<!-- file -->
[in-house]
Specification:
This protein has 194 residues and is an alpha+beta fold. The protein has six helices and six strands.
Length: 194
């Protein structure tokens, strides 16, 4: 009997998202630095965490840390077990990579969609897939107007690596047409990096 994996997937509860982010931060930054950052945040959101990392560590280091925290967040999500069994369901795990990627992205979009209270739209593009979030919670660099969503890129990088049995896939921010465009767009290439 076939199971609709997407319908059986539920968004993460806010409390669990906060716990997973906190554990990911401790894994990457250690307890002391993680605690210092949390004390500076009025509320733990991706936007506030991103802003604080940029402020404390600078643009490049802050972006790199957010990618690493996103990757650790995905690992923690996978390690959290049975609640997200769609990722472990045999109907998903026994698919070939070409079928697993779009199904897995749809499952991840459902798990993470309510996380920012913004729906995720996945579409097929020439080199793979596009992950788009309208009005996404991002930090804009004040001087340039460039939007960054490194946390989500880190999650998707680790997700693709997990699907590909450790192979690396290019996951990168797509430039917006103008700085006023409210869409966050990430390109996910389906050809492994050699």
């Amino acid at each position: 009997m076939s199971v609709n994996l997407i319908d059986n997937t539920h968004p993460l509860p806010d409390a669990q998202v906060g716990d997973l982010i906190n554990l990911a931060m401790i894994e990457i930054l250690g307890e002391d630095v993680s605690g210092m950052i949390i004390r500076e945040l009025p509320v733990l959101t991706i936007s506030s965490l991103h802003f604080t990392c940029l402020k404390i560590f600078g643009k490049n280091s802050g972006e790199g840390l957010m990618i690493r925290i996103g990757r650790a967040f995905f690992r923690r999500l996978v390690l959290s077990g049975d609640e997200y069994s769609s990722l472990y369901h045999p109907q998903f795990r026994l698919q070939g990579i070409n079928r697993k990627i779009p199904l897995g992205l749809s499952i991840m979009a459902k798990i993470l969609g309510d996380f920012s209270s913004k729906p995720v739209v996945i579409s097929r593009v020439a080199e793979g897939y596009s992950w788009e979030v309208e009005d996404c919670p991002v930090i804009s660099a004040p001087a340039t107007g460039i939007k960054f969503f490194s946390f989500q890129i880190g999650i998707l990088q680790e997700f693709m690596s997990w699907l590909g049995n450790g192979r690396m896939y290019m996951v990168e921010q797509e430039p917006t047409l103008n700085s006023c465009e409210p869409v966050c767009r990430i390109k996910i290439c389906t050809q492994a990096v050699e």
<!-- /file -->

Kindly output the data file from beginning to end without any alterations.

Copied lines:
[in-house]
Specification:
This protein has 194 residues and is an alpha+beta fold. The protein has six helices and six strands.
Length: 194
């Protein structure tokens, strides 16, 4: 009997998202630095965490840390077990990579969609897939107007690596047409990096 994996997937509860982010931060930054950052945040959101990392560590280091925290967040999500069994369901795990990627992205979009209270739209593009979030919670660099969503890129990088049995896939921010465009767009290439 076939199971609709997407319908059986539920968004993460806010409390669990906060716990997973906190554990990911401790894994990457250690307890002391993680605690210092949390004390500076009025509320733990991706936007506030991103802003604080940029402020404390600078643009490049802050972006790199957010990618690493996103990757650790995905690992923690996978390690959290049975609640997200769609990722472990045999109907998903026994698919070939070409079928697993779009199904897995749809499952991840459902798990993470309510996380920012913004729906995720996945579409097929020439080199793979596009992950788009309208009005996404991002930090804009004040001087340039460039939007960054490194946390989500880190999650998707680790997700693709997990699907590909450790192979690396290019996951990168797509430039917006103008700085006023409210869409966050990430390109996910389906050809492994050699």
């Amino acid at each position: 009997m076939s199971v609709n994996l997407i319908d059986n997937t539920h968004p993460l509860p806010d409390a669990q998202v906060g716990d997973l982010i906190n554990l990911a931060m401790i894994e990457i930054l250690g307890e002391d630095v993680s605690g210092m950052i949390i004390r500076e945040l009025p509320v733990l959101t991706i936007s506030s965490l991103h802003f604080t990392c940029l402020k404390i560590f600078g643009k490049n280091s802050g972006e790199g840390l957010m990618i690493r925290i996103g990757r650790a967040f995905f690992r923690r999500l996978v390690l959290s077990g049975d609640e997200y069994s769609s990722l472990y369901h045999p109907q998903f795990r026994l698919q070939g990579i070409n079928r697993k990627i779009p199904l897995g992205l749809s499952i991840m979009a459902k798990i993470l969609g309510d996380f920012s209270s913004k729906p995720v739209v996945i579409s097929r593009v020439a080199e793979g897939y596009s992950w788009e979030v309208e009005d996404c919670p991002v930090i804009s660099a004040p001087a340039t107007g460039i939007k960054f969503f490194s946390f989500q890129i880190g999650i998707l990088q680790e997700f693709m690596s997990w699907l590909g049995n450790g192979r690396m896939y290019m996951v990168e921010q797509e430039p917006t047409l103008n700085s006023c465009e409210p869409v966050c767009r990430i390109k996910i290439c389906t050809q492994a990096v050699e």